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The Non-Expert


Experts answer what they know. The Non-Expert answers anything. This week we welcome the beginning of winter with helpful advice for those who want their snowmen to survive into spring.

Have a question? Need some advice? Ignored by everyone else? Send us your questions via email. The Non-Expert handles all subjects and is updated on Fridays, and is written by a member of The Morning News staff.


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Question: Hey! I guess it’s officially winter! Any good tips for keeping our snowmen from melting?

Answer: Snowman, that classic anthropomorphic trio of large, medium, and small balls of snow, armed with sticks and eyes of coal, a friendly winter face to all passersby, grinning broadly beneath a long, carrot nose! Hail, snowman!

Sadly, the great snowman’s days are as numbered as the winter months, and so he’s never known the natural wonders of spring. What can you, protector of snowmen, do to ensure their survival past the great thaw? Well, let us see…

Building an Army

‘Dashing through the snow,’ you mutter to yourself as you trudge through the snow-logged forest.

You waited weeks for this moment—the moment in the season when the snow’s at its thickest, and most plentiful. You donned your winter gear, grabbed a few large sacks of carrots, and headed up, up, up the mountain in search of the mythical deep, treasured banks from which you plan to mold your mighty snowman army.

For hours you’ve been searching, fruitlessly. And then, as you cross yet another treeline, you find it: the perfect snow bank.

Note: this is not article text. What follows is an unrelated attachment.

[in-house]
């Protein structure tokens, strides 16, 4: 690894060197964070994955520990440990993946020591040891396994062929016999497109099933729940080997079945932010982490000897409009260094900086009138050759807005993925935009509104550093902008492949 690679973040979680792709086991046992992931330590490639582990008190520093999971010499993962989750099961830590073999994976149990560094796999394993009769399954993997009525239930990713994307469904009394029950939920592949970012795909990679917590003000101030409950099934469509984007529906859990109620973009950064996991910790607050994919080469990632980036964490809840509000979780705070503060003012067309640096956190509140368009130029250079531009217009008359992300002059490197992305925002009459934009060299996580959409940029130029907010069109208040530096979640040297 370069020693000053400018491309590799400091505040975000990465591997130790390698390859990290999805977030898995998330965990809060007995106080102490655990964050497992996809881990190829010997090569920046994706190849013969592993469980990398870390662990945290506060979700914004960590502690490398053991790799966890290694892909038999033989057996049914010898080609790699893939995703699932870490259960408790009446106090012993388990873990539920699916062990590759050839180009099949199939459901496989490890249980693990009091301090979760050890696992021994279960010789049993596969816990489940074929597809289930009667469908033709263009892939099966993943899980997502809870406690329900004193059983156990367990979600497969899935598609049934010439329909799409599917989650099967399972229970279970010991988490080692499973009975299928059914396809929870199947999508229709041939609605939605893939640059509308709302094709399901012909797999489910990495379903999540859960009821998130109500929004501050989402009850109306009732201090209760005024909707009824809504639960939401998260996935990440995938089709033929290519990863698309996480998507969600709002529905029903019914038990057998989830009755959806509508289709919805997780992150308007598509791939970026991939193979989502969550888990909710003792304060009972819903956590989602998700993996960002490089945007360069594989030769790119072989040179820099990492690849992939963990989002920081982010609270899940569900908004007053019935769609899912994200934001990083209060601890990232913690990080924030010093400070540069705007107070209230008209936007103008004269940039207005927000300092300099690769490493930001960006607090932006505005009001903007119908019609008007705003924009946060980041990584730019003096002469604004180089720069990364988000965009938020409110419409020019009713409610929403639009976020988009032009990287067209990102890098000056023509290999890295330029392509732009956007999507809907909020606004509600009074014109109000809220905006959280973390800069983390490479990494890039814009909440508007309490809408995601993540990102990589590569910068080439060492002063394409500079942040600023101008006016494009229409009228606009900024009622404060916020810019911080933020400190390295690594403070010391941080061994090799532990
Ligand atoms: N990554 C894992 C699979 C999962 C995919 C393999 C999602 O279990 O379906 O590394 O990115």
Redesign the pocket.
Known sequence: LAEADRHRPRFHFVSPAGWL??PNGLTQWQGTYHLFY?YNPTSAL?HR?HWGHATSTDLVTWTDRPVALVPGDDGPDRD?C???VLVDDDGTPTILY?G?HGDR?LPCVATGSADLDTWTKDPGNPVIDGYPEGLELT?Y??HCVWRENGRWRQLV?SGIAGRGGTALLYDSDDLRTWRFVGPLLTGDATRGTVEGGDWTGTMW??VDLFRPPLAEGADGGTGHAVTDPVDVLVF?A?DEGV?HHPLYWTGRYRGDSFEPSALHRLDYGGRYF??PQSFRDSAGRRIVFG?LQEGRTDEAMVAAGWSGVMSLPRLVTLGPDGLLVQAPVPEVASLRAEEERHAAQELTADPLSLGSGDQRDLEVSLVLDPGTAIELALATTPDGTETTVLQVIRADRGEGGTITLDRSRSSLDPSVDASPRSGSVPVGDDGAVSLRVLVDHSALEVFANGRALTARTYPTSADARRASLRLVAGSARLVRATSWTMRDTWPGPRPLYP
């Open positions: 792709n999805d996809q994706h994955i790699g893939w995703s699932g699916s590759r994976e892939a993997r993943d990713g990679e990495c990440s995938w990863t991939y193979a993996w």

You drop to your knees, weary, but still you dig, pulling forth the powdery substance of your descendants, your approaching army. Roll, roll, roll…

‘Small ball!’ you exclaim, and you set the sphere down.

Roll, roll, roll…

‘Medium ball!’ you exclaim, putting this one down in what will be the next area of the assembly line.

Roll, roll, roll…

Days later, the troops complete, you call your army together for an introductory assembly.

Everyone gathers, in formation, in the center of the snowfield. And they look grand: strong, wooden stick-arms in place, each soldier proudly displaying his carrot nose.

‘Soldiers! It is winter again! And I have created you!’

The soldiers stare back at you, silent.

‘Any questions?’

One in front, an infantrysnowman, raises his hand. ‘Sir?’


‘Sir, may I inquire…how will you save us?’

You step forward, so you’re standing next to him. ‘From what, soldier?’

The soldier looks around at his comrades, then leans in close and whispers:

‘From the thaw, sir.’

Finding a Safe Haven

Upon completion of the snowfort construction, and after filling the base with provisions for the rest of the winter, you order routine scouting missions in hopes of finding possible refuge from the impending warm season.

And all the while, you can sense the troops’ worry.

You get a report from the front line that, while out on his daily patrol, one of your reconnaissance snowmen infiltrated the front yard of a suburban house and spotted a young boy carrying snowballs back inside. Your man watched the human store the snowballs inside a large white box with a door—labeled ‘For spring!’—but was unable to continue his surveillance after neighborhood youths stole his eyes to use as ‘buttons’ for some freakish creation of their own.

‘My god,’ you think, ‘will they stop at nothing?’

At that moment one of your lieutenants ices into the war chamber: ‘Sir, we’ve received word of a supermarket!’


‘The frozen-foods section, sir, it’s gold! My own nose was once housed in that produce department. They have walk-in freezers, don’t you understand?’

You’ve summoned your grand vizier, Frosty, for a conference.

‘Yes, Frosty, I can see the opportunity…but how will we breach such a fortress?’